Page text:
The maximum length of a permit is 5 years, and you must reapply before the permit expires. Typically, each permitting authority has some notification and public advertisement requirements they follow before issuing a new, revised, or renewed permit.
A general permit covers a group of discharges with similar qualities within a given geographical area. General permits offer a cost-effective option for permitting agencies because many facilities can be covered under one permit. Some examples of this include Storm Water Discharge Permits and Water Treatment Plant Discharge Permits. The type and number of general permits vary dramatically from state to state. These permits are renewed at the agency level.
For all discharges that are under an NPDES permit program (both individual and general), there are a number of water quality testing, flow, and reporting requirements. This information is reported back to the regulatory agency on a monthly Discharge Monitoring Report (DMR).
Permit Key Items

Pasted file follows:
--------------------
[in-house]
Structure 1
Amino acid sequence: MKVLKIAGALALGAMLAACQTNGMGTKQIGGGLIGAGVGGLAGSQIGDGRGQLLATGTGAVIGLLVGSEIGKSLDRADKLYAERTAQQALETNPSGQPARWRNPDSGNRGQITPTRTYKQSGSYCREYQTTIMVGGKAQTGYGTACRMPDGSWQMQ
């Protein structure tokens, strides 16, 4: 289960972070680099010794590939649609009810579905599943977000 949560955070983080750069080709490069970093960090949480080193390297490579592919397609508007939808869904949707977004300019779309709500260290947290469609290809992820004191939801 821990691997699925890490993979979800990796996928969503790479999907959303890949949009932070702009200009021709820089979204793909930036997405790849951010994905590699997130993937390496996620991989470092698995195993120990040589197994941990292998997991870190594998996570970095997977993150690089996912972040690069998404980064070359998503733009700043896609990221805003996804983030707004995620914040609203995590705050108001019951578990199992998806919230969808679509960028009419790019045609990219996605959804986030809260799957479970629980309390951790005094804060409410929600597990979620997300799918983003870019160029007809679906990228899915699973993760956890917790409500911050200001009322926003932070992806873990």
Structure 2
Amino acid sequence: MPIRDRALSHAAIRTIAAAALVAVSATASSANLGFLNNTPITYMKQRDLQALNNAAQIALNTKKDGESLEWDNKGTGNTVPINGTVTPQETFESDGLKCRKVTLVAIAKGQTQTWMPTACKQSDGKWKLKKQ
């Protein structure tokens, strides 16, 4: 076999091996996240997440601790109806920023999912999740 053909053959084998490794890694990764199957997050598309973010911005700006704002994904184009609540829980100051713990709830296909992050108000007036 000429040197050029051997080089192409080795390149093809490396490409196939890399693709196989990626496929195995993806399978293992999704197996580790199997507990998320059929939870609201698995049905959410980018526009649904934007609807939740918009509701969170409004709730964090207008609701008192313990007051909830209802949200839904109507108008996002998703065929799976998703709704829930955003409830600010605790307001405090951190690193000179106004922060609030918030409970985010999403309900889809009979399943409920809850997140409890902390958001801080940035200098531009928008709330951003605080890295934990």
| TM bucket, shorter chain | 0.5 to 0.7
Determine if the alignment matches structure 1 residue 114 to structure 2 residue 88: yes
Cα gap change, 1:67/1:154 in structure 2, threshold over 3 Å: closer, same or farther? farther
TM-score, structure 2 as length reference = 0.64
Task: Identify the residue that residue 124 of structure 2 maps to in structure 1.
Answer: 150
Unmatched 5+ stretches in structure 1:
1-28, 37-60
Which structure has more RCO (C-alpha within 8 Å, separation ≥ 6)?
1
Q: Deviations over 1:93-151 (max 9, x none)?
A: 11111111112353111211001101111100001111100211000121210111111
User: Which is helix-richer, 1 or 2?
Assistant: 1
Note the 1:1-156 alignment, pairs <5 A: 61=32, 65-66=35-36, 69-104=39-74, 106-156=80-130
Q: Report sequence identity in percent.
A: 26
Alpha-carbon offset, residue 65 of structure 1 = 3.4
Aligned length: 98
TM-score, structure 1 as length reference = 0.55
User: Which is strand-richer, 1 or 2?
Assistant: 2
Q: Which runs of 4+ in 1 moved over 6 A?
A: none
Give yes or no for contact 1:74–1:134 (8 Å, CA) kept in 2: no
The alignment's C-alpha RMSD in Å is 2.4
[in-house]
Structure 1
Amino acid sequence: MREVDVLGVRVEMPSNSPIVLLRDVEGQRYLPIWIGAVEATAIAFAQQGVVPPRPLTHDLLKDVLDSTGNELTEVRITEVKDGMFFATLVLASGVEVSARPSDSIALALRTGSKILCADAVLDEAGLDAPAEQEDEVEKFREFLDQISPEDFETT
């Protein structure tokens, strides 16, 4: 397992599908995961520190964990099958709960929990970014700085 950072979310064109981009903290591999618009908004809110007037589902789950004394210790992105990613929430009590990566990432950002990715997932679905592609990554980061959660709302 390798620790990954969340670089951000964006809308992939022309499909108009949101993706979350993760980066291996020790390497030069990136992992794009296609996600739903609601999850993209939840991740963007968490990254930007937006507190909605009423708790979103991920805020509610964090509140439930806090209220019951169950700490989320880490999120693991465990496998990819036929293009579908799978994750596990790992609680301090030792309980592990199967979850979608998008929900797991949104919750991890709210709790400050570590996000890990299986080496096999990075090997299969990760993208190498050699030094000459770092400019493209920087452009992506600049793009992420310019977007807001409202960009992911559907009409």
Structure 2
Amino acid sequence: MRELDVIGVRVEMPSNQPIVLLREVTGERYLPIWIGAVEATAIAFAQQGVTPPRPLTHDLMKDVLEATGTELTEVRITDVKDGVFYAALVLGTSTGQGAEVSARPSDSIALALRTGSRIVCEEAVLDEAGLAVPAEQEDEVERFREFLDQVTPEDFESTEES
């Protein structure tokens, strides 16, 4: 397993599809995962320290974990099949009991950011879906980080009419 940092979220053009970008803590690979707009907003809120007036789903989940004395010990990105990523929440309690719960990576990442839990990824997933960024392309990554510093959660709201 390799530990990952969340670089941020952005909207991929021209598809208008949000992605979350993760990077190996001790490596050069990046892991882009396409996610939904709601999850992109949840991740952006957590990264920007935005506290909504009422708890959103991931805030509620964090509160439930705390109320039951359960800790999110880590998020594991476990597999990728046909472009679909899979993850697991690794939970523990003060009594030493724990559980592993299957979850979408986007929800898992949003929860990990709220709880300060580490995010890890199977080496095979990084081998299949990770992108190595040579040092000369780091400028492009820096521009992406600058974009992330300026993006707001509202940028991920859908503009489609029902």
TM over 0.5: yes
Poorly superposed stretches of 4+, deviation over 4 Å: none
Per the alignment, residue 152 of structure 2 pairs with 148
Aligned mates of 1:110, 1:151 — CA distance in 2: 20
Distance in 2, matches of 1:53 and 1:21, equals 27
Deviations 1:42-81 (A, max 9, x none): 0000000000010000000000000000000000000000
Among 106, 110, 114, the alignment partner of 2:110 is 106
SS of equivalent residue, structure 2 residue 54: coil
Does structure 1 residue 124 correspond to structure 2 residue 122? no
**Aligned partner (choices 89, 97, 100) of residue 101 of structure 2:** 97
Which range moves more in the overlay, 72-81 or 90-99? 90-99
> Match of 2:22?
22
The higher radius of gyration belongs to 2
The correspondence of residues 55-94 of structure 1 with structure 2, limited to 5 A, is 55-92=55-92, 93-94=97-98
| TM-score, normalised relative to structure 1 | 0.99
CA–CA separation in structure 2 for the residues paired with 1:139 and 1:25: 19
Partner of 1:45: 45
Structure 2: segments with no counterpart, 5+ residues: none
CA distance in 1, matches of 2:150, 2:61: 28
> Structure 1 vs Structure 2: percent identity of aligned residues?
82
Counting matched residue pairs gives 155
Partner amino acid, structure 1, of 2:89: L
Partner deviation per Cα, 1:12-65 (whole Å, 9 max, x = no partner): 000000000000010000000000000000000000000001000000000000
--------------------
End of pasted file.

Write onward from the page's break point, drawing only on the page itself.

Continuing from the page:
As noted above for the individual permits, permits can be complicated and can have major implications for the facility. Below are some key items to look for when reviewing a new or renewed permit.
The key items to look at for a new permit include the discharge and testing requirements. These requirements are key items that will control the design of the treatment facility. These limits are established using a large amount of data regarding the receiving stream and the anticipated discharge. This data should be reviewed for accuracy since it can have a major impact on the proposed limits. Additionally, the testing requirements also need to be fully understood, since this testing will be completed and reported for the life of the permit.
For the renewal of permits, make sure you submit the renewal application by the required dates. This is typically 180 days before the current permit expires, but verify this.
Once the renewal data is received, the agency will typically provide you with a draft of the proposed permit for your review. It is recommended that your operational staff and your engineering staff / consultant also be included in this review. We recommend you review the following:
- Any changes from the current permit to the new permit, including changes to the required sampling
- Additions to the permit (both contaminate testing and other permit requirements)
- Whether your treatment facility meets the revised limits (if they are changed)